Sal Brinton talks of being stuck in House of Lords as peer refused to move to let her past

The House of Lords debated the proposed works to the Palace of Westminster this week.

Sal Brinton took advantage of the opportunity to make a plea for the refurbished Parliament to be properly accessible. She highlighted some of the ways in which the current set-up fails disabled people. She also spoke of an experience where one peer wouldn’t actually let her past to leave a Lords debate, making her late for a meeting.

My Lords, in the wonderful elegance of parliamentary language, we have talked much already about “patch and mend”. The restoration and renewal of the buildings and the facilities in the Palace of Westminster are vital and urgent and I believe that we need to use much franker language given the neglect of the past. I support the Motion and oppose the amendment. I say to the noble Lord, Lord Naseby, that 20 years ago I was bursar of Selwyn College, Cambridge, when we needed to renew and restore our main court that had seen little—frankly, virtually no—maintenance and progress since it was built a century before. Student rooms still had gas and electric fires and the electric cabling was on its last legs, with much of the urgent work not visible or easily accessible. Does this sound familiar?

Since Selwyn was the poorest college and had very little resource to invest over the years in the buildings, the “patch and mend” approach was clearly failing us. We knew we had to do the work in one go, no matter how disruptive it was. We were also clear that we had to ensure it did not happen again, and that maintenance must be built into the future life of the buildings. This is also true for the Palace of Westminster after this major work. What steps are being taken to ensure that detailed maintenance costs of the building, and not just the ordinary life of the building, are being built into the baseline budget and then ring-fenced? The future of this historic and important building is just too important to get wrong.

When my noble friend Lady Thomas of Winchester, who cannot be in her place today but I hope will soon be able to rejoin us, gave evidence to the Joint Committee on the Palace of Westminster, she spoke for many of us who face accessibility issues in the Palace. I am grateful that the Joint Committee has taken the evidence on accessibility from a number of people, but I seek reassurance that there really will be a step change under the full decant option. It is not a “nice to have” option, and now is the best time to do the core work. So I am pleased to see in paragraph 7 of the Motion that there will be,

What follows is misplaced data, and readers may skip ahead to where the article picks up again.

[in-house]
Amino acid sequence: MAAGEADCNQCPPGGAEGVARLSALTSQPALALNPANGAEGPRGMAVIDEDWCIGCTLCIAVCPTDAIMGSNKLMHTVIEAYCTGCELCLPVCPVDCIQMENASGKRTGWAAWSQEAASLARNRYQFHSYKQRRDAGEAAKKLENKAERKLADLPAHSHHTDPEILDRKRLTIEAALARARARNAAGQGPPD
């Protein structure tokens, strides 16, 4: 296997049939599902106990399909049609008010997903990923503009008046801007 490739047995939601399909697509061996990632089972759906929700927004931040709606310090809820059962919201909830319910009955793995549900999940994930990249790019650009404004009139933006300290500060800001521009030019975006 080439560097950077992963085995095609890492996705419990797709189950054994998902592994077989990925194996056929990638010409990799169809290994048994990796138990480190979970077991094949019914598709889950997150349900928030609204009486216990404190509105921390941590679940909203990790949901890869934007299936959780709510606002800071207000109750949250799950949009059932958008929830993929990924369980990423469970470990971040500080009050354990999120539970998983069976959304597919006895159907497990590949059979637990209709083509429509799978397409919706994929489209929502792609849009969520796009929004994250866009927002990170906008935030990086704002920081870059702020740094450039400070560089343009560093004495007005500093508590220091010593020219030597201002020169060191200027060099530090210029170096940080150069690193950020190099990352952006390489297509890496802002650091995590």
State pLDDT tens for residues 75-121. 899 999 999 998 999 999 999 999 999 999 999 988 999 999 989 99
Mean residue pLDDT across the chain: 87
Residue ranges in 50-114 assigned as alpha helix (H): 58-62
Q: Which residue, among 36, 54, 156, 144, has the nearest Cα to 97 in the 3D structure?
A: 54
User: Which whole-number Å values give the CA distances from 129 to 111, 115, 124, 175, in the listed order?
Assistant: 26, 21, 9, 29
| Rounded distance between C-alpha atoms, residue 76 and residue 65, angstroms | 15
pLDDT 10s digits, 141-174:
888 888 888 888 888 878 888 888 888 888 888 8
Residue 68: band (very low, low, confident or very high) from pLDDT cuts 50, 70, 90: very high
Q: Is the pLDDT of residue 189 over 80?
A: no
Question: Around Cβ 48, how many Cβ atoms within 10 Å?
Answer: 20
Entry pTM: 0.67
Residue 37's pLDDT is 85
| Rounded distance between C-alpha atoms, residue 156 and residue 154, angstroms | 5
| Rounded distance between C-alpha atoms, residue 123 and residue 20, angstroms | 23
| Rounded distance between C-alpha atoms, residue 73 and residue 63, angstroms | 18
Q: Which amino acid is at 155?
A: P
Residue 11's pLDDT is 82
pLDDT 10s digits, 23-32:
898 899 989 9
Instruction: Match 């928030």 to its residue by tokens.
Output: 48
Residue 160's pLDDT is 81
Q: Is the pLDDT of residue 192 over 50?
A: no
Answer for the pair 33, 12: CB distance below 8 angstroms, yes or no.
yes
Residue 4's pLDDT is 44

“full access for people with disabilities”.​
That is better than the phrases used in the Deloitte’s pictogram on page 6 of its report, in which two of the bubbles refer to, “works carried out to improve access for all” and “all new lifts to provide improved access to the majority of the Palace of Westminster”. There is a lot of scope for moving around in the middle of that.

The clerks to Parliament and the Director of Facilities, Mr Woodall, as well as ParliAble are unfailingly helpful whenever issues occur. However, most of the problems are about a failure of building and a wider, unconscious cultural attitude that can make the Palace of Westminster extremely unwelcoming to disabled parliamentarians, staff and visitors.

Core to the current problems is the way in which parliamentarians in wheelchairs do not have the same rights and experience as our able-bodied colleagues. A parliamentarian in a wheelchair cannot sit with their party or group in either the Commons or the Lords. Our Lords’ mobility Bench behind the clerks in front of the Cross Benches, has three spaces, so when five or six of us want to speak we cannot stay in our place for the rest of the debate. Worse, if the Chamber is full, we cannot even manoeuvre around after speaking to let another colleague move in. Even worse, the Commons does not even have a mobility Bench.

The design of the space in your Lordships’ House means that people sitting on the Front Bench have to get up and move aside for us to leave or come into the Chamber. Too often, they are reluctant to move. I am afraid that on one occasion, one Peer not only refused to move but insisted that I ask the Opposition Front Bench to move. I could not do so because two Peers were moving amendments from that Front Bench. As a result, I had to wait 20 minutes before I could leave the Chamber and was consequently late for my next meeting.